Along with the impressive accomplishment of winning four straight Stanley Cups, they were also never challenged to a seventh game in any of the 14 best-of-seven series they played. They did, however, play two elimination games. They held off the feisty Penguins in the 1982 Patrick Division Semifinals and the Rangers in the 1984 Patrick Division Semis, both five-game series at the time.

Those Islanders teams featured five Hall of Famers—Denis Potvin, Mike Bossy, Bryan Trottier, Clark Gillies and Billy Smith—but also featured NHL greats such as Bob Nystrom, Bob Bourne, Butch Goring, John Tonelli and the Sutter brothers, Brent and Duane.

Nystrom became a legendary figure in NHL history for scoring clutch goals. His four overtime playoff goals, including his game-winner in Game 6 of the 1980 Stanley Cup Finals, put him tied for fifth on the all-time NHL list. Bossy and Ken Morrow were also clutch for those Islanders teams, as they both had three OT goals.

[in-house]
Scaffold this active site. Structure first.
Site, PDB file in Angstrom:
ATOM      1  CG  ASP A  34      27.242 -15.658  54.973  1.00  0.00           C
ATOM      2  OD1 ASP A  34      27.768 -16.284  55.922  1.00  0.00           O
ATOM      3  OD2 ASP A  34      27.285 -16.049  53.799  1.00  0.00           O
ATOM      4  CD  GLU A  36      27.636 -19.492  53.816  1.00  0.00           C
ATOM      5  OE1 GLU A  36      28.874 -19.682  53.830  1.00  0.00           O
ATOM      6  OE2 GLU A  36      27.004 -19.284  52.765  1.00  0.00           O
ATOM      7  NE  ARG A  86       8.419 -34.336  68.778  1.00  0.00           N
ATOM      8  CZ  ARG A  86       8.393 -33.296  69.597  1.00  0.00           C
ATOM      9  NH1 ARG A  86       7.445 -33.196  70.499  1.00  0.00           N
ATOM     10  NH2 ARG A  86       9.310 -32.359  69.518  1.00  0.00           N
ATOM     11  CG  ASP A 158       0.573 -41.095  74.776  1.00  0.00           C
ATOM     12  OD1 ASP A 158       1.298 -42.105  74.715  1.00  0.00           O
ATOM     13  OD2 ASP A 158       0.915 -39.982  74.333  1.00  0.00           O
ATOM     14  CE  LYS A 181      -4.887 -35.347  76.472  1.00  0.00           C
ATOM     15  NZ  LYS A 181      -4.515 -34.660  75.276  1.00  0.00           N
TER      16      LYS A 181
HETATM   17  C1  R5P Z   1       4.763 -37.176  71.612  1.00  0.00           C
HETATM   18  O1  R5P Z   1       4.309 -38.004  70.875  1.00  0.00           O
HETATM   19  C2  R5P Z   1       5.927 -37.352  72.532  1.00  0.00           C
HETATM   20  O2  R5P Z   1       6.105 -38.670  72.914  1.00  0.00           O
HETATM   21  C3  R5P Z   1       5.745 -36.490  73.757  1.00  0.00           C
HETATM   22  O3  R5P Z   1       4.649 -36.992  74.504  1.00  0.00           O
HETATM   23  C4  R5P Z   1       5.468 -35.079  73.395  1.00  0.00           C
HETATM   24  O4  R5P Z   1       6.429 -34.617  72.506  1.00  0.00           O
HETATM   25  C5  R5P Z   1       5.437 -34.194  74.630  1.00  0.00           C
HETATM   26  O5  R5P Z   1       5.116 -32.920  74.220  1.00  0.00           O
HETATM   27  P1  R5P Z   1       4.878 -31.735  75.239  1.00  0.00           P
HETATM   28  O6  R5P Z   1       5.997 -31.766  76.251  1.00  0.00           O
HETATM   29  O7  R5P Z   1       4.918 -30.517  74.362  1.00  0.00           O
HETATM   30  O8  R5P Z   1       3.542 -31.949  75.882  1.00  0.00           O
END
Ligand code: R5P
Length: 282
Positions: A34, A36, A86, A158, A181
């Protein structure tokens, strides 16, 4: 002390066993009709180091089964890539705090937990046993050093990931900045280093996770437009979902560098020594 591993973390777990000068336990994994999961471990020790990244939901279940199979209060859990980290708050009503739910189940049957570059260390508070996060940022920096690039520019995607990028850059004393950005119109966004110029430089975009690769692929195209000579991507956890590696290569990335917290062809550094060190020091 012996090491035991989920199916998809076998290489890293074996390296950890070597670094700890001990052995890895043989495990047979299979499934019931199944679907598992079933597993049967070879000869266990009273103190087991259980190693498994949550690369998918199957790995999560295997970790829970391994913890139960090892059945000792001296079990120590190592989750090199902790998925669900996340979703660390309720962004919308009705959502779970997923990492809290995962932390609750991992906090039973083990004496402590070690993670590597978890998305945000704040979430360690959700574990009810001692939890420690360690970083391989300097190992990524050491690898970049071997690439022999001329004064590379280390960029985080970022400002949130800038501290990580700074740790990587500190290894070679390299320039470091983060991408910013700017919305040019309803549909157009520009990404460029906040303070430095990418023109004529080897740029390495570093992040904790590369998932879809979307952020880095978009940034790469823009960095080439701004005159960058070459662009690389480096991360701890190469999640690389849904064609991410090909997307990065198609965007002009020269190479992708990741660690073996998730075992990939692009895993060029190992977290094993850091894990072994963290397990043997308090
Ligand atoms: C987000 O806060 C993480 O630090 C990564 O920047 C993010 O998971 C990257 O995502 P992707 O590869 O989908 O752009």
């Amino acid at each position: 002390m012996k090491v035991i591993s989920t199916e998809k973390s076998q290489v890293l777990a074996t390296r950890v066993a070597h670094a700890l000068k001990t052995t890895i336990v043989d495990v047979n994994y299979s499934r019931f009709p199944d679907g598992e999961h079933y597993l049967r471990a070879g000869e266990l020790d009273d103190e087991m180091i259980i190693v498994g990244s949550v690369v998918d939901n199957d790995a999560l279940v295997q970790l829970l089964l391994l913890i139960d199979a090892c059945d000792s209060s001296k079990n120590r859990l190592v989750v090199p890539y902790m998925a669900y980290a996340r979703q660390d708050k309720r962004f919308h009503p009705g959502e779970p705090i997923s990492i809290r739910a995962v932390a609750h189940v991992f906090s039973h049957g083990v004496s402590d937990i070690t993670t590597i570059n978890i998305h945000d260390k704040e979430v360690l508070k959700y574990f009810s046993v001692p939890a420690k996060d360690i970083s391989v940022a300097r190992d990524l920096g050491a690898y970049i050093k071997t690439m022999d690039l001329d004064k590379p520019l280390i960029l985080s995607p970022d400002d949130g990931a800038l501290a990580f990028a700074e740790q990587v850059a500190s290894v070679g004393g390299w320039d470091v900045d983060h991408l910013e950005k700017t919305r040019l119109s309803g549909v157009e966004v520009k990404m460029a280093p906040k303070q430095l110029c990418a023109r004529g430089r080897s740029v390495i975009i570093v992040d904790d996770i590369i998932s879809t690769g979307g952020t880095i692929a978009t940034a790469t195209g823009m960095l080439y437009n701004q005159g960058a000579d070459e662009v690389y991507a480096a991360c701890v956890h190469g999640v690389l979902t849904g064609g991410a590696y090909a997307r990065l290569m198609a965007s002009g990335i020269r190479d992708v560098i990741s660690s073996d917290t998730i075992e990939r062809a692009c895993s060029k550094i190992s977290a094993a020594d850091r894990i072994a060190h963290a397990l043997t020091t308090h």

Morrow was the first—and is just one of eight players in NHL history—to win an Olympic Gold Medal and Stanley Cup in the same year. He remains the only player to do so as a rookie and amateur.

The Isles dynasty also featured two more Hall of Famers off the ice: head coach Al Arbour and “the architect,” general manager Bill Torrey.

What the Islanders accomplished, and what teams like the Oilers and Penguins have accomplished, as expansion franchises, needs to be recognized properly.